Luxor: an open-air museum

Luxor: an open-air museum

In the South of Cairo is the Egyptian paradise of monuments. Born from the ruins of Thebes, Luxor houses from the Karnak complex of temples, which is similar to a fort, and the oldest religious centre in the world, to the Valley of the Queens, where the tombs of 80 men and women from Ancient Egypt may be found. Beautiful hotels, built at the site, make Luxor into a city of the present and past.


Cairo – Little over 700 kilometres south of Cairo, on the banks of the Nile, is a paradise of monuments of humanity. Also known as Thebes in ancient times, Luxor, in Egypt, is currently an interesting combination between the past and present. The city houses the Temple of Luxor, the Karnak complex of temples, the Valley of the Kings, the Valley of the Queens and the Temple of Hatshepsut. Beside these monuments of culture and history, however, is a great variety of beautiful hotels. Luxor was the ancient capital of the New Kingdom, between the 18th and 20th Dynasties of the Pharaohs of Egypt.

The grand Temple of Luxor, in the centre of the city, immediately stands out to those arriving. It was built during the reign of Amenhotep III and modified soon after by Ramses II. To the site, the pharaoh added six monumental statues and two obelisks. One of the obelisks was offered to France in 1831 and it now embellishes the Place de la Concorde, in Paris. A little further on, around three kilometres away, is the Temple of Karnak, also built during the reign of Amenhotep III. It is similar to a fortified city and is known for housing one of the most important religious centres in Ancient Egypt and the oldest in the world.

A true open-air museum, the Karnak complex of temples is the second most visited site in Egypt, second only to the Pyramids of Giza, in Cairo. For several centuries, in ancient times, Karnak temple complex was the main religious centre in the whole of Egypt. “This was the main temple for cults to god Amon. But as was the case with several other temples of ancient Egypt, other gods and goddesses were venerated there,” explained Mahmud, a guide who works at the site. The temple is composed of four main parts. One of them is dedicated to the cult of Amon. The other two are turned to two other gods and there is also the temple of Amenhotep IV.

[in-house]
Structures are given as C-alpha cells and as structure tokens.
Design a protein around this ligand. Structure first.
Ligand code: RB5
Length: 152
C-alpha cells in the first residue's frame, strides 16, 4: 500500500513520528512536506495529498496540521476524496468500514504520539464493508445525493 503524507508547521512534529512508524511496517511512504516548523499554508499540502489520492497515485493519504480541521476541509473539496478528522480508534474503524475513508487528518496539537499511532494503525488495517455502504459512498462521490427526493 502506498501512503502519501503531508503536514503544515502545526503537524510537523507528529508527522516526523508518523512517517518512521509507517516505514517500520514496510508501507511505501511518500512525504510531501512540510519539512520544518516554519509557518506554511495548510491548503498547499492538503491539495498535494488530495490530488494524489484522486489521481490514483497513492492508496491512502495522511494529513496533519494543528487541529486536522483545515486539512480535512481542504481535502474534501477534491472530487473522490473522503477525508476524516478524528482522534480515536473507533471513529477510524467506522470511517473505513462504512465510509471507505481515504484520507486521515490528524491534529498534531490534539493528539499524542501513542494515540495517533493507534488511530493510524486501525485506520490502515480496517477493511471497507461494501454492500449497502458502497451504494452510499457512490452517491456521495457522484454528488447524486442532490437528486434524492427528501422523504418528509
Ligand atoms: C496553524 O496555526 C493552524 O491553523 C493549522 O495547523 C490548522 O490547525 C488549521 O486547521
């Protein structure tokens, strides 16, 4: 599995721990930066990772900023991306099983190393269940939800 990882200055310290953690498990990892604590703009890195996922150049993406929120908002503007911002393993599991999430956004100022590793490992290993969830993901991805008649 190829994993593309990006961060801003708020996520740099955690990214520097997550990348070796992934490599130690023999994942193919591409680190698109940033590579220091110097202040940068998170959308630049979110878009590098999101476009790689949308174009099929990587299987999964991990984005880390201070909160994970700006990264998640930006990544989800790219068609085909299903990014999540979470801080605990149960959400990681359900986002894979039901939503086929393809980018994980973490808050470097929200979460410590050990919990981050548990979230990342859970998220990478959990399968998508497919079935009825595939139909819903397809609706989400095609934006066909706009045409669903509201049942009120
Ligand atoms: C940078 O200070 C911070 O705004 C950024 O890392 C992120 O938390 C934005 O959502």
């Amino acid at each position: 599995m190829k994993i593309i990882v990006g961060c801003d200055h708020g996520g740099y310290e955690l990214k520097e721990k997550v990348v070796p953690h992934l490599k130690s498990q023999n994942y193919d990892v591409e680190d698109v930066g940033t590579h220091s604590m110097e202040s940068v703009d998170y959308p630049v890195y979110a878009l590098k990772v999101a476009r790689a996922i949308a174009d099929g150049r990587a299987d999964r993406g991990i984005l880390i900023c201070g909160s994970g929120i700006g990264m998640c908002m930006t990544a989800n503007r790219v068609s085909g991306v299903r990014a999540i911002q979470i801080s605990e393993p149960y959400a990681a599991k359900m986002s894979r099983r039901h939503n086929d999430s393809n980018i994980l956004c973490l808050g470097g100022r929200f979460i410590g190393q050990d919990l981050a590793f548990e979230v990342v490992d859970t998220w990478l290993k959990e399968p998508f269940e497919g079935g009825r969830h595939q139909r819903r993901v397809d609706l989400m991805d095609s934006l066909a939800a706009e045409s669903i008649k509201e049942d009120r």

But at the site there are also a series of small temples and sanctuaries, found outside the area circled by the walls. “Research and excavations in the last 40 years make it possible for us to know, for example, that the construction of the temple of Karnak took over 2,000 years, explained Mahmud. According to him, Ramses II and his son Merenptah also lived there, as did other Pharaohs who, as time went by, added monuments to the site. “The great difference between the Karnak temple complex and all others existing in Egypt is the fact that almost 30 pharaohs contributed to its construction. This explains the size, the complexity and the diversity of the monuments,” explained Mahmud.

The western bank

On the other bank of the Nile, the western bank, in Luxor we may find the several tombs of different pharaohs. The Valley of the Kings and Valley of the Queens are where they may be found. “The pharaohs thought that they should bury their dead on the other bank of the Nile. While the city of Thebes (turned to the living) was found on the eastern bank, all the tombs of the kings are on the western bank,” clarifies the city guide.

In the Valley of the Kings, the main royal necropolis of ancient Egypt, which also dates back to the New Kingdom, around 62 tombs have been discovered to date. Many of them, however, are closed to the public by Egyptian authorities. “We had to close many of the tombs due to the humidity caused by a great number of tourists. Human transpiration and even breathing favour the propagation of fungi fatal to the fragile and precious paintings, very hard to keep on the walls. The phenomenon contributes to the acceleration of the loss of colour,” explained Yussef Mohamed, who is responsible for the preservation of the site.

Among the 62 tombs discovered to date, just 25 are of kings or members of the several dynasties. The others are of high-level employees or people who could not be identified. The most famous site and the most visited in the Valley of the Kings is that of Tutankhamun, discovered in 1922. In the Valley of the Queens, where another 80 tombs may be found, of men and women, the most important ones are those of prince Amun-her-khepeshef and of queen Nefertari, the wife of Ramses II. The tomb of Nefertari was discovered in 1903 and is today the best known at the site.

The mortuary temple of queen Hatshepsut is the most beautiful monument on the western bank. It is partly cut into the rock and blends into the grandeur of the limestone face that supports it. Seeing it is an impressive spectacle for all those who visit the site. Queen Hatshepsut, who belonged to the 18th Dynasty, reigned over Egypt for 22 years and was the first woman in history to be the head of government.
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